This week, we announced a historic, bipartisan overhaul of anti-money laundering laws that we helped secure in the final version of the National Defense Authorization Act, known as NDAA.
This week, we secured a bipartisan agreement that would finally protect patients from out-of-control, surprise medical bills. We’re pushing Congressional leaders to include our compromise in the end-of-year funding bills that we expect to pass this month.
This week I will introduce you to the most beautiful lady I spoke with on our trip to Ohio. Her name is Mary, she is 88 years old and a grandmother to my husband, Daniel. True beauty shines through her entire being as she kindly and tenderly visits with those around her. Though her hearing isn’t the greatest, even with her hearing aids, she is always there to lend a listening ear or offer words of encouragement.
Maybe it’s just me, but these final weeks of the year always seem to whiz by in a blur.
As you know, I’m not a hunter at heart. Nevertheless, we aim to eat more natural whole foods at our house, minus all the additives, artificial hormones, and the like. Deer meat falls into the category and has come to be a staple at our house.
Our resolutions in past years have always been rather routine. We want to lose weight, eat better, exercise more, save for a down payment on a new vehicle. Last year was a wake-up call to so many of us as our lives were turned upside down. It was the worst year of my life, but to detail the specifics would be a violation of my family’s right to privacy.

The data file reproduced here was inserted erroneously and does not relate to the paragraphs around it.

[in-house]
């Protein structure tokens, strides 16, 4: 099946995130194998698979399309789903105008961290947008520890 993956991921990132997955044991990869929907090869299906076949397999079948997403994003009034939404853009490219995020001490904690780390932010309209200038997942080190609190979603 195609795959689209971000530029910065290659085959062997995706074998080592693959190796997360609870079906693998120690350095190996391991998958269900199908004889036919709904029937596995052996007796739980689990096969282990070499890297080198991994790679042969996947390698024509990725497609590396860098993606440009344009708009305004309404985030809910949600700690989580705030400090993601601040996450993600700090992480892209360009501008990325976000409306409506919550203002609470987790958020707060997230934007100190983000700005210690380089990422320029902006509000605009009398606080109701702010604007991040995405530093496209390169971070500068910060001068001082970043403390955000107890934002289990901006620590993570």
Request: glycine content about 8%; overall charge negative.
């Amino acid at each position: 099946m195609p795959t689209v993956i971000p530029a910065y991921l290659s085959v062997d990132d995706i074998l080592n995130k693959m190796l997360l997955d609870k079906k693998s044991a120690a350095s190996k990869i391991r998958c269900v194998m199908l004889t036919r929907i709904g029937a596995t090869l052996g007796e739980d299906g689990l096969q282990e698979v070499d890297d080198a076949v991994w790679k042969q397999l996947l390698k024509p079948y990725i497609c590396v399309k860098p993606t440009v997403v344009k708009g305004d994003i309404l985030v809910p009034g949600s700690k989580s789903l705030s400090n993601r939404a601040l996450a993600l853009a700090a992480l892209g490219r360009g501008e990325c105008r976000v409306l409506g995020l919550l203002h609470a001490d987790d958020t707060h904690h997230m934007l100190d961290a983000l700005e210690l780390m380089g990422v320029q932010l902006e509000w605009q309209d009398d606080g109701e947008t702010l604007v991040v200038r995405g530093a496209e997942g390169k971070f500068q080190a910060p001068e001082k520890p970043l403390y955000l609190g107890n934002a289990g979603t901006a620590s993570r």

The anniversary of Pearl Harbor is coming up, Dec. 7, 1941, and I think about an uncle who was there at the U.S. naval base at Honolulu when the Imperial Japanese Navy struck it and other sites, raining fire down on ships, planes, and men. Bill Adams was a pilot then, had been a high school dropout but had been sent to pilot training because his officers saw intellect, calm — ll those special abilities pilots must have.
In World War II, the average age of the combat soldier was 26; in the Vietnam War, he was 19.
Society has a set of criteria that it uses to define what it means for a man to leave his mark on the world. We tend to believe that the measure of a man is determined by his degree of influence or the wealth he has. While these are certainly good indicators of one’s accomplishments, it shouldn’t be taken as everything. What is easy to forget is that the true measure of manhood lies in one’s willingness to rise by lifting others and being a true friend; a brother to someone when he or she needs it the most.
When I first volunteered a few years back, an elderly gentleman stopped and related his story. As yet a teenager in the early 1940’s he signed up, waved goodbye to a crying mother, and boarded a troop train. After a mostly restless night, the train stopped somewhere in the middle west. Sleepily disembarking from the train, there they were…beautiful ladies in the uniform of the Salvation Army pouring hot coffee and serving warm cookies. He told me that he would never forget the kindness and dropped a bill into the bucket. The Army began in 1862 to help those in need. The mission has never changed.